Thursday, December 10, 2009

Vocational Service: Is it the abandoned avenue?

The seminar at Panipat last Sunday debated on the issue whether Vocational Service is an abandoned avenue? Not exactly, but Yes. Confused? In so far as the vocational service as an avenue of service is concerned the Clubs are doing their bit to undertake projects that range from career seminars to industry visits and vocational awards. That was demonstrated in the presentation by Rtn Dr. S.N. Gupta of Panipat Midtown. To that extent yes, we can say, that it is functional.

But Vocational Service is much more than that. It touches the very core of our professional and business conduct; our personal value system; and the way we live our lives. It touches our daily conduct in dealing with people and situations. Whether we are walking the talk, or just talking, or paying lip service?

The public image of Rotary is dependent upon the public and private conduct of each individual Rotarian, and how ethical one is in one's life.

PDG Shaju Peter vehemently pointed out the growing rot in our society today, and how Rotary's image in India was getting a beating because of internal strife, mismanagement of The Rotary Foundation's grants money, financial bunglings, to name just a few.

He said that there is no better time than now to conduct a self-audit under the principles of the Four Way Test. This is the time, he emphasised, to go through the Rotary's Declaration.

Shaju quoted Past Rotary International President Raja Saboo's speech at the last International Assembly which was received with thunderous applause on the subject, where he asked that every Rotarian should just ask oneself, as to what one would do if the news is to appear in the major newspaper on the front page? Whether one would go ahead with an action, if one's children have to follow suit? And whether one would be able to face one's mother and tell her about those actions?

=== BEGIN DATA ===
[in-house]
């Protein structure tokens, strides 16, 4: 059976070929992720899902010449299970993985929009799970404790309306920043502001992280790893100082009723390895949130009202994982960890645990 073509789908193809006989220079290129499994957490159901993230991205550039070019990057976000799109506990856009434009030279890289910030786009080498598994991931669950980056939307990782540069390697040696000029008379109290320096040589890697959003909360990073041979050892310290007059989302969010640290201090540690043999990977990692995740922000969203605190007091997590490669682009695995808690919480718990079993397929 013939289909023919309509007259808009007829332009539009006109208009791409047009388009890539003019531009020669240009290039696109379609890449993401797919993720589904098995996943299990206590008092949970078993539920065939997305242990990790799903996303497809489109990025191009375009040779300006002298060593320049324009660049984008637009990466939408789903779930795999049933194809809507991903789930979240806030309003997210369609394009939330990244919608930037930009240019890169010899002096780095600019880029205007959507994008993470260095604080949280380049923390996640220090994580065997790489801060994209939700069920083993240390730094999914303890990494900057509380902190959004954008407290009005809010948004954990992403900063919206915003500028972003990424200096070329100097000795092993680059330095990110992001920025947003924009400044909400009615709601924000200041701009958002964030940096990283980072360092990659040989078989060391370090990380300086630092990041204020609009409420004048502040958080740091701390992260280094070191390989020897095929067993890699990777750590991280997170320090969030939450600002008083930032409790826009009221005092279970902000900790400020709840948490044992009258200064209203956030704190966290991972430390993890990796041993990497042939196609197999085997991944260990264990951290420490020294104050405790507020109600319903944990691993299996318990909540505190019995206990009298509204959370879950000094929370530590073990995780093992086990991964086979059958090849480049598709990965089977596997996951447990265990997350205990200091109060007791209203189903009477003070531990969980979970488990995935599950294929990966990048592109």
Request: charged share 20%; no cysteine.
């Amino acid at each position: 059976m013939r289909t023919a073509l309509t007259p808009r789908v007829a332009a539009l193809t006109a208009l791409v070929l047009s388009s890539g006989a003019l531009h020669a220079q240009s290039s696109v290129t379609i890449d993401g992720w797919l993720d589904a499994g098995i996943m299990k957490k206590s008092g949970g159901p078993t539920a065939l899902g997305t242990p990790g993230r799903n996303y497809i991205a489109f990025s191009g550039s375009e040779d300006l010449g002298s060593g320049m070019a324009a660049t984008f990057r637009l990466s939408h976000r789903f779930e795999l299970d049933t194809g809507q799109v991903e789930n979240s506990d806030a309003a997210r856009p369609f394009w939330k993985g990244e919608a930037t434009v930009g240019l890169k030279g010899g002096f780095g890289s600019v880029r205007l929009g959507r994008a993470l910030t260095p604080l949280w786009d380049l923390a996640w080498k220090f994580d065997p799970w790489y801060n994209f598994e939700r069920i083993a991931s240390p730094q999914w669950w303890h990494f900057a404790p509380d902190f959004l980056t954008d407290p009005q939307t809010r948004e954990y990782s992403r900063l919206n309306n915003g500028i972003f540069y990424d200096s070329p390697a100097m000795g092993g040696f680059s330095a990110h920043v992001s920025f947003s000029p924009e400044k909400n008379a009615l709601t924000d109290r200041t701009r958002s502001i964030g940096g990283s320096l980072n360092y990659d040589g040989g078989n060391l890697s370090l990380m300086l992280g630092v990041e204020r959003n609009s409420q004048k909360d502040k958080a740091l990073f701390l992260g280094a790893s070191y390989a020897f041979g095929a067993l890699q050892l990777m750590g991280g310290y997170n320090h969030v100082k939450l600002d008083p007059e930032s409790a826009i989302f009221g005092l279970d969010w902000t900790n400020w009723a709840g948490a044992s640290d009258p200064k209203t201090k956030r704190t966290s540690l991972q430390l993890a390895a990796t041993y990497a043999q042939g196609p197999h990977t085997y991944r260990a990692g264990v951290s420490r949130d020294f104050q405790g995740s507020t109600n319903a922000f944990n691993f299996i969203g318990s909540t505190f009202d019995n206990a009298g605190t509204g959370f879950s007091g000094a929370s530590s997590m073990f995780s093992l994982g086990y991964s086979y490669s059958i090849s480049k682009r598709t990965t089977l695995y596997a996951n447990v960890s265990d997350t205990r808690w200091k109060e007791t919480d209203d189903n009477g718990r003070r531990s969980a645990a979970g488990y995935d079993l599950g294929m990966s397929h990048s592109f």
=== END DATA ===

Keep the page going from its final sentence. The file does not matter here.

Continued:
Rotary, he said, is a singular voluntary body in the world that upholds professional and business ethics as supreme value for every Rotarian.

The former chief minister of Himachal Pradesh and Member of Parliament, Shri Shanta Kumar, was equally vehement in condemning the degrading moral values in our country. He lamented the fact that once India was known as the seat of spiritual and moral learnings, but the recent survey by Transparency International has rated India as one of the most corrupt nations in the world.

It is a sad commentary on India, which was once known as the 'golden sparrow', is one of the countries in the world where maximum number of poor, diseased, and illiterate people live.

The rot has set in from the top and even the judiciary has also come into the grips of greed and corruption, he said. There is sheer madness everywhere to acquire wealth in whatever means one can, and there is no repentance anywhere, he remarked.

He asked the Rotarians to be the role models in the society, and do not compromise with honesty, and intellectuals like Rotarians should come forward to raise their voice against the corrupt who are in any case in miniority, urged Shri Shanta Kumar.

He adviced the younger generation to do our best truthfully, honestly, and should not accept any wrong, injustice or corrupt practice.

This was an exceptionally useful and invaluable seminar that provided food for thought for everyone who cared to listen and participate in the programme. It may be a difficult task but not unsurmountable, because the battle for this will not start anywhere is from within that we shall have to make a beginning to bring about the change. We have to be the change that we want to see in the world.

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